There are three layers on the right side called a). Vettu Thatu b). Kottu Thatu C). Utkara thatu. The leathers are made of Goat and Cow skin (Cowhide). Vettu Thatu known as "meetu" is made of Calf-Hide (Cowhide) and it is visible. Kottu Thatu (middle layer) is made of Goat Skin and it is partially visible. A Black Patch Called "Saadham" or "Soru" is fixed on this Kottu Thatu that produces "Chaapu Nadham". What is this Black Patch? It is an ultra fine powder that has iron ore and some manganese oxide in it and is mixed with cooked rice to a particular proportion (usually 3:1), three parts of powder and 1 part of cooked rice, is applied on the Middle layer "kottu Thattu". This proportion varies depending on the status and quality of the powder. It must be mixed in such a way that the black patch paste is neither too gummy nor dry. After applying the paste, it must be dried inside a room and it should not be exposed to sunlight. Let it dry at least for two days. In the fast moving world, people use mridangam soon after applying the paste. The third layer Utkara Thatu is not visible outside and it is placed below the Kottu Thatu. This third layer is like a ring with the hallow center and has direct contact with wood. So, the Outer two layers will not touch the wood enabling one to produce soothing pleasant vibration and sound.

The video shows Artisan Applying Black Patch


The left side Mootu called "thoppi" is made of three layers again. The leathers are made of Buffalo skins and Goat skin. The outer layers are two buffalo skins (two layers) placed one after the other like a ring with the hallow center and the second layer is not visible. The third layer which is the innermost one, visible at the center of thoppi is Goat Skin and is tied below the second layer. The third layer will have a contact with the wood, producing Sound called "Thom". Only in this layer Semolina paste or rava paste is added at the center to produce pleasing sound. Only then it produces proper Bass sound and "Andhara gandhara sound".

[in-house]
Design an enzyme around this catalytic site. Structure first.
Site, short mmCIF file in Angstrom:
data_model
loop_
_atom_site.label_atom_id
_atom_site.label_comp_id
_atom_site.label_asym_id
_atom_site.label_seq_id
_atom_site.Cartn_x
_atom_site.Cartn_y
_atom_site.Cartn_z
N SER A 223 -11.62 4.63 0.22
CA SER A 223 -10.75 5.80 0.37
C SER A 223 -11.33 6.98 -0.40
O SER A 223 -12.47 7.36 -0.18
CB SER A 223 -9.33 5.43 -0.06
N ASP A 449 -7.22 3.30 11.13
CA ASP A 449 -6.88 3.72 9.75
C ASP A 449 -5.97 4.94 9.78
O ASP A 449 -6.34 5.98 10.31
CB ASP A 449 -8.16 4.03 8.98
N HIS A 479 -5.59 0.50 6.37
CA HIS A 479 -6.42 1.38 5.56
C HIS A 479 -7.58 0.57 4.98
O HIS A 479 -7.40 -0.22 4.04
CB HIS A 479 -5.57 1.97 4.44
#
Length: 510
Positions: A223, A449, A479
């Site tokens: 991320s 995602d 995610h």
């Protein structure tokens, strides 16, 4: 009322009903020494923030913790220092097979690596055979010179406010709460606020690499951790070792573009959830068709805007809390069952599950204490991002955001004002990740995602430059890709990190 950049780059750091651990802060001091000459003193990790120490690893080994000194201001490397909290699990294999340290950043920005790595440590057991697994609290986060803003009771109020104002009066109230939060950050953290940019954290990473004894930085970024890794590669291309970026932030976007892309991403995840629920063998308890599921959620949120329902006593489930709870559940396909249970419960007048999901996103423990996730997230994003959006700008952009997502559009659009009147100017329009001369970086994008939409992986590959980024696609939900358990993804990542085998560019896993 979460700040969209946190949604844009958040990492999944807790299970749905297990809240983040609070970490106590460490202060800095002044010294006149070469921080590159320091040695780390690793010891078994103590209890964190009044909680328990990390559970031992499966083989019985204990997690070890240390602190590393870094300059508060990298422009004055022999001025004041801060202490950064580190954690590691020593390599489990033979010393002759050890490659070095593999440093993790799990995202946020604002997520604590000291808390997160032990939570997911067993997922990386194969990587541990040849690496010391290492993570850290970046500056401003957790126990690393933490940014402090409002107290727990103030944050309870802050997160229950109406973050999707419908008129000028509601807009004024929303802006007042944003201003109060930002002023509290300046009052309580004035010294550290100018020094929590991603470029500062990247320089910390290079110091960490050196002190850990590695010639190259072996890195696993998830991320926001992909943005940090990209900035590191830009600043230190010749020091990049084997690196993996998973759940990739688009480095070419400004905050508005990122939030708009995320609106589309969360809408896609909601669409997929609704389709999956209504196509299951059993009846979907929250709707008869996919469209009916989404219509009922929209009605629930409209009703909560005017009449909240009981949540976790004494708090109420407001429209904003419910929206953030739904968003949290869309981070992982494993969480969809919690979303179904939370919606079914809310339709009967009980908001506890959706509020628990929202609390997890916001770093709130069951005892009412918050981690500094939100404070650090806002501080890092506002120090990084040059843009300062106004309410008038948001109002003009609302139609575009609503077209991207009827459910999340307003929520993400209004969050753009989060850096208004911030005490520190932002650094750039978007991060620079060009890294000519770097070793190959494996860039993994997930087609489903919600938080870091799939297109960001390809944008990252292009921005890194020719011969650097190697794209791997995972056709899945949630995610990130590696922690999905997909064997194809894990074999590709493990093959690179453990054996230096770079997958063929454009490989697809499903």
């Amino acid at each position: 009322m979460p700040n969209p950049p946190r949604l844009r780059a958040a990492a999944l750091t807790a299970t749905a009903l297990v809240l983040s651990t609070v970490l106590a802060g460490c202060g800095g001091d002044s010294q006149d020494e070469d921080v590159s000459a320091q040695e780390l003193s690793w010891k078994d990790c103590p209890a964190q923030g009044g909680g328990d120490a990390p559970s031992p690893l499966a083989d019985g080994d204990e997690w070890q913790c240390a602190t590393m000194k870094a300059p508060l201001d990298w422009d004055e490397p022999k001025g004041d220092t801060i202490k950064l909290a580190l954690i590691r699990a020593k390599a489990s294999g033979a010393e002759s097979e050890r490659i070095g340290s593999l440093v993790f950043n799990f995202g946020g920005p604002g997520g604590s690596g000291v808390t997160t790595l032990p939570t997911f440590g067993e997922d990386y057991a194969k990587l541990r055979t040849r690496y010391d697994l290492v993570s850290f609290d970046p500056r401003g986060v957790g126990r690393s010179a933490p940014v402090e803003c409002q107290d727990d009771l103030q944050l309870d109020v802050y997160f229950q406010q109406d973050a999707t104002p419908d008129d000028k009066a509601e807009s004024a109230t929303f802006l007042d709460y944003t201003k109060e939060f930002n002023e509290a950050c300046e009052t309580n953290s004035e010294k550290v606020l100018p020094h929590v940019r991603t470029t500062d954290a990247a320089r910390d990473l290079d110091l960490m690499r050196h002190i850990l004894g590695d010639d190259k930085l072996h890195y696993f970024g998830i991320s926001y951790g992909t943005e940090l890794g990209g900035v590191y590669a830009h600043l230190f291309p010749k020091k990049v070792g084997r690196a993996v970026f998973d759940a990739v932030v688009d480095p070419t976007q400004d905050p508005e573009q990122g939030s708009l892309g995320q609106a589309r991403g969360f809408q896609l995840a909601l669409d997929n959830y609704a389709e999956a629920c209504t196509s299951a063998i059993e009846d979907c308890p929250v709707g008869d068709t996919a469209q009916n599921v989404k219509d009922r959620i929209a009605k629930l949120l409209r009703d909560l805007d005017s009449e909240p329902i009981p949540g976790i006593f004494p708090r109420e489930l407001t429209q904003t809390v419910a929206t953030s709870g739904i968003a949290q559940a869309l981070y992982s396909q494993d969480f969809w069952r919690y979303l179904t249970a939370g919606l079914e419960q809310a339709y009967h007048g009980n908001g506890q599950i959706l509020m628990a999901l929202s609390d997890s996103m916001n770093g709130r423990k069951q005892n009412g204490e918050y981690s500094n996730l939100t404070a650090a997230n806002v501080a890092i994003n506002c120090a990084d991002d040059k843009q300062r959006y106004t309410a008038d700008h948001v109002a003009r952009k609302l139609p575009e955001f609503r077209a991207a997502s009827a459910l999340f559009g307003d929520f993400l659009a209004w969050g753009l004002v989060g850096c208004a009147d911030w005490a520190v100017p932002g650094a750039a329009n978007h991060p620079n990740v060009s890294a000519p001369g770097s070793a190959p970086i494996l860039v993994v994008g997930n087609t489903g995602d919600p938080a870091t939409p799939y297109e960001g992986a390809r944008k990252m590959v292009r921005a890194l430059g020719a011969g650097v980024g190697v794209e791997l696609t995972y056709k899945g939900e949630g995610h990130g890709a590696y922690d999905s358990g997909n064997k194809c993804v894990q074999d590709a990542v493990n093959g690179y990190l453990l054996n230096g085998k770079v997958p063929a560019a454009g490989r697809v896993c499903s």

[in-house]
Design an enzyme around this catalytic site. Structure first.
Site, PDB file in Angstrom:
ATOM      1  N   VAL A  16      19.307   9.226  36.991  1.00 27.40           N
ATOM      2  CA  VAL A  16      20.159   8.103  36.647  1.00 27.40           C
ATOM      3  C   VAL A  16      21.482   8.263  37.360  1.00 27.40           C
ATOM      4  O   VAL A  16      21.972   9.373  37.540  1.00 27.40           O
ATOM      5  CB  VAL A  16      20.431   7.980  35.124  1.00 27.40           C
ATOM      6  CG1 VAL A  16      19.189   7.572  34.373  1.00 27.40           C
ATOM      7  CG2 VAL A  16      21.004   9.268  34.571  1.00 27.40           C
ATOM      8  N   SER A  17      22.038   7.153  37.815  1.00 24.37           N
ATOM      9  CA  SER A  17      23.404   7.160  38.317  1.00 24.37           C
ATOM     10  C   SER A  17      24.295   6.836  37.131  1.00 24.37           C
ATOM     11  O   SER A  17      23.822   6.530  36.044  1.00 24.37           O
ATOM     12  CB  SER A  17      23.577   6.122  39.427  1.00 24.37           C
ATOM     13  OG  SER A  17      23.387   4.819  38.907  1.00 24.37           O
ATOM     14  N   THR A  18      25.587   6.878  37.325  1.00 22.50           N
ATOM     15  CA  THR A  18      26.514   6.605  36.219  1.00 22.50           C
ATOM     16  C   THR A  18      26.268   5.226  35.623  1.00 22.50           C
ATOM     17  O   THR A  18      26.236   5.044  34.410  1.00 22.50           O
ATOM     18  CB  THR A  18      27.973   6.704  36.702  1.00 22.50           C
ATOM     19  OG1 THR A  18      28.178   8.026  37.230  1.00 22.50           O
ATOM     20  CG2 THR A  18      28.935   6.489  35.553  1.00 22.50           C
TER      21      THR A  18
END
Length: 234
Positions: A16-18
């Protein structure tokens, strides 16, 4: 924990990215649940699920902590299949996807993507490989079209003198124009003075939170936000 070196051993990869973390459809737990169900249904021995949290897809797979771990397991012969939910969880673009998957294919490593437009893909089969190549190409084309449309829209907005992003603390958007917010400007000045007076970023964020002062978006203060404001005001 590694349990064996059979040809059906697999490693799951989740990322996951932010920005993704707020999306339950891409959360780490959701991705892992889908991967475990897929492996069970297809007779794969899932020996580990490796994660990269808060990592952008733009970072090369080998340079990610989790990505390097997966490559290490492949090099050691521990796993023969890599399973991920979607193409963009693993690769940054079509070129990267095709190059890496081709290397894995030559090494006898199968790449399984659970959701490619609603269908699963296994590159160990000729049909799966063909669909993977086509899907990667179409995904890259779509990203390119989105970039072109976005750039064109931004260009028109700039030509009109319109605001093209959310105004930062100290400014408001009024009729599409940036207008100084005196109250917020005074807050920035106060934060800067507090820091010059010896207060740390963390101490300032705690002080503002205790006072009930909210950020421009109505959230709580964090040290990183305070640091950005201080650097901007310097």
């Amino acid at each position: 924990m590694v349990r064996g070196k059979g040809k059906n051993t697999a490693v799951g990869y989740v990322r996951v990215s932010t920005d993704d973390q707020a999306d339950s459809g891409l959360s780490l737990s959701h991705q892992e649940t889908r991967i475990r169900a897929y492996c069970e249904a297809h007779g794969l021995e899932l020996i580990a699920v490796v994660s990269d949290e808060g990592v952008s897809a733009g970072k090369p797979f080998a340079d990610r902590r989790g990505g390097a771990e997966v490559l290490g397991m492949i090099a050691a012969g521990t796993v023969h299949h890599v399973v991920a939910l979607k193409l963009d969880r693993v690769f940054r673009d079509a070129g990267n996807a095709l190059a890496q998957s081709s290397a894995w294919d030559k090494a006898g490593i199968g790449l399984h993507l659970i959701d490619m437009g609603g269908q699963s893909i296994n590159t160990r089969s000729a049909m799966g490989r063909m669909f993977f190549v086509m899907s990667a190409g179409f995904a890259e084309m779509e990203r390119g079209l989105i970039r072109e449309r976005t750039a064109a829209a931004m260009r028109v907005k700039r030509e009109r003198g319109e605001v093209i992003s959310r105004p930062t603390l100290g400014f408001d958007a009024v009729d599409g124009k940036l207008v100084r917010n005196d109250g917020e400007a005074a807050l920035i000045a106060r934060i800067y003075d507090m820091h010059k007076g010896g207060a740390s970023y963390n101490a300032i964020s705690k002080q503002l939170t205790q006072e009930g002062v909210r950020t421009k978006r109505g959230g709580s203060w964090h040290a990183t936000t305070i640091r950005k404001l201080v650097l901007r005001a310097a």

Note:
Cowhide is an essential element in mridangam. With the cow-slaughter ban, great mridangam players like Umayalpuram k. Sivaraman, Murthy, Karaikudi Mani and TVG gave a thought for a substitute material. Sivaraman suggested importing synthetic materials and TVG suggested importing cow hide. Mani, insists: "Only those cows are killed that are old and are of no use." Sivaraman said "Cows are not killed for making mridangams. They are slaughtered anyway and we merely use the hide". General opinion is that Mridangam can't be sans (without) cowhide. The ban can slaughter its sound. Carnatic music may not sound the same as before. Anyways, experiment may be needed in this regard and let us see if mridangam can sound great without Cowhide.

Mridangam can be of two kinds. One is "Kutchi" and the other is "kappi".
Kutchi mridangam: Small strips are made from a type of tree plant that is also used for making brooms. These strips are inserted between the Vettu thattu and Kottu thattu which increases the dampening effect that acts as a snare. This helps one to produce a unique chaapu nadham with great vibration.
Kappi mridangam: Crushed stones from a variety called 'Kittam' or 'Chittam' is used and placed under the Vettu thattu so that it produces a distinct Chaapu Nadham similar to tabla sound but with great vibration.
The video shows Artisan inserting Strips (kutchi)
Note: Mridangam uses single resonator while Tabla uses two resonators. In tabla, the tension of the right and left heads is separate. In mridangam, the left head (Idanthalai) and the right head (Valanthalai) are inseparably linked. The tension of right and left sides of mridangam is inseparable. Since mridangam uses single resonator, it produces an acoustic coupling between the two heads (right head and left head). Instead of using straps (leather or Rope) to fix the right and the left heads, bolt and nuts are used to fix the right and the left head. The tension of both sides become separate, but there is an acoustic coupling of both sides in terms of sound produced because, mridangam body is made of single block of wood or fibre with "Arada" at the center where as tabla uses two separate body or shell for right and left heads.